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Ich Dien


Ich Dien is German for ‘I serve’, and is found on the heraldic badge of the Prince of Wales, most commonly referred to as the Prince of Wales’ feathers. Ich Dien is usually located in a ribbon on either side of the crown and feathers that make up the badge. The phrase Ich Dien appears on a few British coins throughout history, and many sharp-eyed customers may also recognise it from the two pence coins they carry in their pockets.

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The Prince of Wales' feathers, the heraldic badge of the Prince of Wales with the phrase Ich Dien.


Ich Dien meaning

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Ich Dien translates literally as ‘I serve’ in German, and has been used by the Prince of Wales since the 14th Century and Edward the Black Prince. The true origin of the German phrase being used by English and Welsh royalty is lost to time. A longstanding legend claims that the Black Prince adopted the badge following a battle with King John of Bohemia, this has since been debunked however. Another suggestion is that Ich Dien was similar to the Welsh phrase ‘Eich Dyn’ meaning ‘Your Man’, but there is little evidence to support this either.
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Ich Dien coin

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Ich Dien most commonly appeared on the reverse of two pence coins minted between 1971 and 2008, meaning many circulating currency coins can still be found with this phrase.

A number of King Charles I coins have the Prince of Wales badge without having Ich Dien stamped on them. This was done after Charles I lost control of London, and no longer had access to the Royal Mint located there. Needing coins to pay his armies, Charles was forced to move coin production to smaller satellite mints such as the Aberystwyth Mint.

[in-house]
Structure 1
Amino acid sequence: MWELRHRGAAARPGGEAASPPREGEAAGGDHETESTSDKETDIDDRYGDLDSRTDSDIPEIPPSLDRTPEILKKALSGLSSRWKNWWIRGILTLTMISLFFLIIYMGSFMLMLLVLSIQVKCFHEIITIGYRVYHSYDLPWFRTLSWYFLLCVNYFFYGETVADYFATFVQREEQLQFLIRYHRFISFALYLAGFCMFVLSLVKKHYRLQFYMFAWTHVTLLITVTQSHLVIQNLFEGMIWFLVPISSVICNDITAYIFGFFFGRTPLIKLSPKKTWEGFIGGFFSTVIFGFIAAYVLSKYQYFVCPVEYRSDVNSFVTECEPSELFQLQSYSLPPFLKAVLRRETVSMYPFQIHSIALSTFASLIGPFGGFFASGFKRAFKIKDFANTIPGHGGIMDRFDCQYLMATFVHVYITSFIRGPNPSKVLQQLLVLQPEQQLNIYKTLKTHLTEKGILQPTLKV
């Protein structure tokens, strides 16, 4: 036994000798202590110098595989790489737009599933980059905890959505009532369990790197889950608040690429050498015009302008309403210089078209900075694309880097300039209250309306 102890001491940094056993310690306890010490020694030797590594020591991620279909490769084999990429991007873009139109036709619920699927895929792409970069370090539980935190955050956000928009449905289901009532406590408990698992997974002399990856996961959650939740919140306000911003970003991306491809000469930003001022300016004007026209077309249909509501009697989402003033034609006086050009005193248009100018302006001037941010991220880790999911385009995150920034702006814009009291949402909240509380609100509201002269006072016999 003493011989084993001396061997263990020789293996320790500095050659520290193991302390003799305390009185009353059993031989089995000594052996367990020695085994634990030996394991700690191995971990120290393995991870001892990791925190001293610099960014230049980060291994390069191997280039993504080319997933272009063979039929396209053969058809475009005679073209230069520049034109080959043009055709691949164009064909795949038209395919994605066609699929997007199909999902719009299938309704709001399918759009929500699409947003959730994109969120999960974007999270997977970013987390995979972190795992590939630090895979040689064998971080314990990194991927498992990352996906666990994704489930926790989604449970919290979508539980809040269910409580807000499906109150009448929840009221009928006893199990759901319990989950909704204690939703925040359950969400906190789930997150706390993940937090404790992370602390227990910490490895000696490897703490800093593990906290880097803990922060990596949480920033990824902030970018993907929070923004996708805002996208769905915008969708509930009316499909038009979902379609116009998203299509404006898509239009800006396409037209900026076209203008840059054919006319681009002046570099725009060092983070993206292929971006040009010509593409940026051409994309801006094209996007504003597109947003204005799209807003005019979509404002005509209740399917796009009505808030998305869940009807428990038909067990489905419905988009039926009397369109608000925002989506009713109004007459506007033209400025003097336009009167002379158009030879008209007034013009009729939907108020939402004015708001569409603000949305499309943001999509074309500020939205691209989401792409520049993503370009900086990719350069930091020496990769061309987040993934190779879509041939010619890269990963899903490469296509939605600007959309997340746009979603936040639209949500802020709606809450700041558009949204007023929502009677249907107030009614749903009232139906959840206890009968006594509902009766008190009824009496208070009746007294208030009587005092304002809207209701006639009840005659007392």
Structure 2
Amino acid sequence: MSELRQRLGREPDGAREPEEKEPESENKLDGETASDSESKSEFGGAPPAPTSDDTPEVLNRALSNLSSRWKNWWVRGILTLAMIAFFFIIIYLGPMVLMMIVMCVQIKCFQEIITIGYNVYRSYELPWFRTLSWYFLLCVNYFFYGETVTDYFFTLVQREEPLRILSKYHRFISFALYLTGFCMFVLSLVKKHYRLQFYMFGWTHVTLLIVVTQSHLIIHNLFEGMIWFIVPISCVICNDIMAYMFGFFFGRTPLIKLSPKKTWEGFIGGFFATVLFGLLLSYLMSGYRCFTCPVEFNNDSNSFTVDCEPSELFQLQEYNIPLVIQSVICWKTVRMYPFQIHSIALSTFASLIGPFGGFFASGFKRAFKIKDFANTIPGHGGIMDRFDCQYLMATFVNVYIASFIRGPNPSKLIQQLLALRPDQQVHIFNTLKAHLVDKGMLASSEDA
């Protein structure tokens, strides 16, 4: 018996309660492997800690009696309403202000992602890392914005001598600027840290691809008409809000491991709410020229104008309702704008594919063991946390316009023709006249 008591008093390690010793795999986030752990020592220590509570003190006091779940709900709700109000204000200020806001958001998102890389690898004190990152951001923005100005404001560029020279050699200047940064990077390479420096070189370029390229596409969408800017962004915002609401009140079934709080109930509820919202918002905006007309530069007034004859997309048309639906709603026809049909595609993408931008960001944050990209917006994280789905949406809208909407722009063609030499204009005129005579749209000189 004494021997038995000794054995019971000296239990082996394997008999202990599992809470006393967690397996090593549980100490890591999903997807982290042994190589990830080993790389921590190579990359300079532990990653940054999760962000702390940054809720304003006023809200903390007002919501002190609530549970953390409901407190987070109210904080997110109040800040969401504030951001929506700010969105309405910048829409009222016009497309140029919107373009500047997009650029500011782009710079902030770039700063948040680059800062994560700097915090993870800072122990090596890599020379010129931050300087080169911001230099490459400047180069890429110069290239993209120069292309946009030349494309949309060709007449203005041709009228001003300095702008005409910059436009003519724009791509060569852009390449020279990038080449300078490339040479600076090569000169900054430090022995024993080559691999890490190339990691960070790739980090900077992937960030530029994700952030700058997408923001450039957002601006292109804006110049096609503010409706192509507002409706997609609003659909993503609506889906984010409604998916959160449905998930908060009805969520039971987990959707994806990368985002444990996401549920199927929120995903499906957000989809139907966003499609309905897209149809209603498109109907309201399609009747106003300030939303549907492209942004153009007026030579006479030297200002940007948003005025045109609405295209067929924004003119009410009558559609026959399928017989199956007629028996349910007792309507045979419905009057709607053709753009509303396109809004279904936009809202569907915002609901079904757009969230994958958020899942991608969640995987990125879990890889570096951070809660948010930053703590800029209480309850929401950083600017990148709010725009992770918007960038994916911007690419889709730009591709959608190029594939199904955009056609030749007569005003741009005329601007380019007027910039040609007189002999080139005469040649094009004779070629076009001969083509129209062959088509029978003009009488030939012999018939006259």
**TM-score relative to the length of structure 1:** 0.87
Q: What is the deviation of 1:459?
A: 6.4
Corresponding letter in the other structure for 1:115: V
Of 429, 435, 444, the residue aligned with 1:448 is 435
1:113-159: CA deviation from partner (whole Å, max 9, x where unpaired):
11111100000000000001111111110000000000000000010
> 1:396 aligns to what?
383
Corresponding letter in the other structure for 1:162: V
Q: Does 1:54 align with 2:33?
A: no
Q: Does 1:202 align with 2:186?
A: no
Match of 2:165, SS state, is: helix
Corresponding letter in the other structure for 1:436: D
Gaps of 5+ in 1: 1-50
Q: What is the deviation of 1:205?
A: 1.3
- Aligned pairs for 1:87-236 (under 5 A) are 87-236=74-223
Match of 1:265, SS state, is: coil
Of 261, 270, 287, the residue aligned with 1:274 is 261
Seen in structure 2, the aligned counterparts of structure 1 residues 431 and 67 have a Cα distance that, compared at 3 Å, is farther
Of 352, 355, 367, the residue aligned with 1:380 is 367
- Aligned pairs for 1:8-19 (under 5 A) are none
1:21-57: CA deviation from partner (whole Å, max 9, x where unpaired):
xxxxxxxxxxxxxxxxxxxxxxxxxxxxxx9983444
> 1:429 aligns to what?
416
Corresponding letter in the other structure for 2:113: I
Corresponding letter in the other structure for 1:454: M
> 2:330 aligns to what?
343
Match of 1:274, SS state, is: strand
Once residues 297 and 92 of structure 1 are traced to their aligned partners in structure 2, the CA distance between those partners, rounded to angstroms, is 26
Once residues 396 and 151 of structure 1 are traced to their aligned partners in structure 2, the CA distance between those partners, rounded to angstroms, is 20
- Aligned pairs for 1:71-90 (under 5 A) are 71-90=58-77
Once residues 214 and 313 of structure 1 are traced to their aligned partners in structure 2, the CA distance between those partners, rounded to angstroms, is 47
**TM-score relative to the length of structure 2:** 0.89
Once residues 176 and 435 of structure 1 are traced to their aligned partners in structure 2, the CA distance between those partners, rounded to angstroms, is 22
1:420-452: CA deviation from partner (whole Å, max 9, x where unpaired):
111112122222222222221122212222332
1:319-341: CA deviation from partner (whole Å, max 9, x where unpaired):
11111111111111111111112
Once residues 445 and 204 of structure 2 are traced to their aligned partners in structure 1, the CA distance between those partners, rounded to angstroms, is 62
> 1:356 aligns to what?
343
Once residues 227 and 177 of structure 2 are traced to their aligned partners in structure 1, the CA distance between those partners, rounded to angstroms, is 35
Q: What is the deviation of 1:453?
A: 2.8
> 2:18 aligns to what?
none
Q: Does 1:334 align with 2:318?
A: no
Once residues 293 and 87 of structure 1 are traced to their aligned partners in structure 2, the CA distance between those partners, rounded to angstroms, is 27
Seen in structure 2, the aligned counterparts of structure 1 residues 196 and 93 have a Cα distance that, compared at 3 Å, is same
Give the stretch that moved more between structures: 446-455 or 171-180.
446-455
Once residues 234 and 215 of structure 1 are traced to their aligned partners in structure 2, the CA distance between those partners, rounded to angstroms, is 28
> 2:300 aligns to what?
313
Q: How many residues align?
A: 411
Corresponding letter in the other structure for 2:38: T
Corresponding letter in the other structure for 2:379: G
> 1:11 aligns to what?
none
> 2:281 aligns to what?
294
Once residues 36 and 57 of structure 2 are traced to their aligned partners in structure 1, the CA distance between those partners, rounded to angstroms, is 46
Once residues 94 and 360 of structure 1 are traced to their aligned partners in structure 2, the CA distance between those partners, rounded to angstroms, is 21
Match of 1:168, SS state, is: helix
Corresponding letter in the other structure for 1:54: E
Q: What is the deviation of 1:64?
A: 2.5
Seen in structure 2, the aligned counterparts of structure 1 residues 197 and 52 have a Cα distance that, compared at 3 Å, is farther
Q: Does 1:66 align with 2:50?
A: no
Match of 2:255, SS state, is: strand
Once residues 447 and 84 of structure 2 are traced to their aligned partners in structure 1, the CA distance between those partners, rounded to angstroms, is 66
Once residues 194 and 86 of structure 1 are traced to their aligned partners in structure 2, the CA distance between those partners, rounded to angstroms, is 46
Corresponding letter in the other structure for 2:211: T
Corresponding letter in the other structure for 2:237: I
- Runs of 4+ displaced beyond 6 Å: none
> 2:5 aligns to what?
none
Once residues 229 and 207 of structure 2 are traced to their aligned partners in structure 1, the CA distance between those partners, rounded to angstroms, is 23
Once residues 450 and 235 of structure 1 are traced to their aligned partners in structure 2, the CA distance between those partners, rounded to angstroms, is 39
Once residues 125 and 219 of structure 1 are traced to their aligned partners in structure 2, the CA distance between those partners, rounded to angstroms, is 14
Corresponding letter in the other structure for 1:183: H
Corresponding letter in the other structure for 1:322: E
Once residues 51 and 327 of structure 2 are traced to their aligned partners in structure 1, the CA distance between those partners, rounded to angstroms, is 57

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Ich Dien coins. .

At BullionByPost we do have a very select number of Ich Dien coins made of gold or silver, shown in the image above. On the left is a gold proof two pence piece, with the traditional design of the circulating two pence coin matched. The Royal Mint regularly release gold variations of circulating currency coins, giving investors and collectors the chance to purchase the coins we know and use everyday but in proof quality gold.

The middle coin is a Charles I two pence coin minted by the Aberystwyth mint, as mentioned in the section above the image, the words Ich Dien however are absent. This was likely due to shortcomings of the manufacturing process; hammered coins produced less clear detail than later milled ones. Being an already small silver coin – with a badge that is only half the coin’s surface area – striking two small words may have been beyond the skills and technology of the time.

The coin on the right is a commemorative 2008 Proof Crown celebrating the 60th birthday of Prince Charles. As the current Prince of Wales, the coin has the phrase Ich Dien stamped on the bottom of the reverse, and is an unusual British coin for having portraits on both the obverse and reverse.